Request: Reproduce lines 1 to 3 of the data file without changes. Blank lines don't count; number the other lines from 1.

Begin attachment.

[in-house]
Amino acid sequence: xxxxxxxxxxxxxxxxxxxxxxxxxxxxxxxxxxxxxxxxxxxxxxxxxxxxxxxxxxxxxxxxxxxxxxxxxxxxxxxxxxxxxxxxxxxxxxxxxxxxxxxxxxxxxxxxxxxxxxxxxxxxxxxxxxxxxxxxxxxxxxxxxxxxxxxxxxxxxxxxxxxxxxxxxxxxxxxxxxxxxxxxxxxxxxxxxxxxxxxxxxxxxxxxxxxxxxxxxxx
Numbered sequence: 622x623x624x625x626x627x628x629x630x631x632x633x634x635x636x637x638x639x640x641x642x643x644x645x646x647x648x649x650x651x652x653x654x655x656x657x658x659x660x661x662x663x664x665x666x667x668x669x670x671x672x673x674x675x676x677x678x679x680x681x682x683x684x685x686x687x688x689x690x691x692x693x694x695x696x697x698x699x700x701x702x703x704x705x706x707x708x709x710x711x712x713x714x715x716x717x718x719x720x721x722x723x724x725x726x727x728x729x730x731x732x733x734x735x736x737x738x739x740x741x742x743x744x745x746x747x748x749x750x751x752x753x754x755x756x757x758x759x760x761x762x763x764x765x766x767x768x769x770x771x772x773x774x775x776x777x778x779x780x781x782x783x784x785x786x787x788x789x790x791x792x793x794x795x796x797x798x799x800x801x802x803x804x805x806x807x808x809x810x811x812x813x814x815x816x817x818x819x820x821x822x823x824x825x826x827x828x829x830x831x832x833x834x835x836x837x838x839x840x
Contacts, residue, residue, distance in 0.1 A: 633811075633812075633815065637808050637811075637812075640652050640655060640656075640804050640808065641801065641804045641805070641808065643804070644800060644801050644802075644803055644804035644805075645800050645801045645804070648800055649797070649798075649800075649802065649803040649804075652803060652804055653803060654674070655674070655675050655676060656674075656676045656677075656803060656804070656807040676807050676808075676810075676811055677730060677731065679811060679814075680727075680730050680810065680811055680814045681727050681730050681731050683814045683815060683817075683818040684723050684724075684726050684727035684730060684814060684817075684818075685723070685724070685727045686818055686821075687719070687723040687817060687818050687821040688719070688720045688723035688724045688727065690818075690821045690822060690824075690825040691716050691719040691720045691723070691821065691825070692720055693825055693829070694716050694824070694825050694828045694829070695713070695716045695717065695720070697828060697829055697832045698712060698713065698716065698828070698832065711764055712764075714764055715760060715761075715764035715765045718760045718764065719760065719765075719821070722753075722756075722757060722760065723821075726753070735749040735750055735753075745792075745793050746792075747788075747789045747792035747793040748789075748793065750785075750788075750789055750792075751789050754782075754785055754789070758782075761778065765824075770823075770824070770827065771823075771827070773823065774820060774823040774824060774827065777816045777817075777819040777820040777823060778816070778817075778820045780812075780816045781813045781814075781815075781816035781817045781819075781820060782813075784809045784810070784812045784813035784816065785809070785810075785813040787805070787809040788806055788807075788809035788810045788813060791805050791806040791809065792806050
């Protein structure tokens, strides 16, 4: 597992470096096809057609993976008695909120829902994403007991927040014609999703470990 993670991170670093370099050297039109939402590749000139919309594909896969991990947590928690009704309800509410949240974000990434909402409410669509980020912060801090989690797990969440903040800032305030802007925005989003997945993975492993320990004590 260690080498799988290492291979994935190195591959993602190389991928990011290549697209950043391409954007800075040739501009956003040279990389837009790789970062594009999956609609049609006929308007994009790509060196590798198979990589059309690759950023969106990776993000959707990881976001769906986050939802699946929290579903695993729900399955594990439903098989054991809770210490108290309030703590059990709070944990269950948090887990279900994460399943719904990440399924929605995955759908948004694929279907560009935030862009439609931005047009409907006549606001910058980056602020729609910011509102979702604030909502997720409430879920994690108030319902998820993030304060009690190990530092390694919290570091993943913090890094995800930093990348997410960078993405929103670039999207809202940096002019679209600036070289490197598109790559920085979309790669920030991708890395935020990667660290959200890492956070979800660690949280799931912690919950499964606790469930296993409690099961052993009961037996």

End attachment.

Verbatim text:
[in-house]
Amino acid sequence: xxxxxxxxxxxxxxxxxxxxxxxxxxxxxxxxxxxxxxxxxxxxxxxxxxxxxxxxxxxxxxxxxxxxxxxxxxxxxxxxxxxxxxxxxxxxxxxxxxxxxxxxxxxxxxxxxxxxxxxxxxxxxxxxxxxxxxxxxxxxxxxxxxxxxxxxxxxxxxxxxxxxxxxxxxxxxxxxxxxxxxxxxxxxxxxxxxxxxxxxxxxxxxxxxxxxxxxxxxx
Numbered sequence: 622x623x624x625x626x627x628x629x630x631x632x633x634x635x636x637x638x639x640x641x642x643x644x645x646x647x648x649x650x651x652x653x654x655x656x657x658x659x660x661x662x663x664x665x666x667x668x669x670x671x672x673x674x675x676x677x678x679x680x681x682x683x684x685x686x687x688x689x690x691x692x693x694x695x696x697x698x699x700x701x702x703x704x705x706x707x708x709x710x711x712x713x714x715x716x717x718x719x720x721x722x723x724x725x726x727x728x729x730x731x732x733x734x735x736x737x738x739x740x741x742x743x744x745x746x747x748x749x750x751x752x753x754x755x756x757x758x759x760x761x762x763x764x765x766x767x768x769x770x771x772x773x774x775x776x777x778x779x780x781x782x783x784x785x786x787x788x789x790x791x792x793x794x795x796x797x798x799x800x801x802x803x804x805x806x807x808x809x810x811x812x813x814x815x816x817x818x819x820x821x822x823x824x825x826x827x828x829x830x831x832x833x834x835x836x837x838x839x840x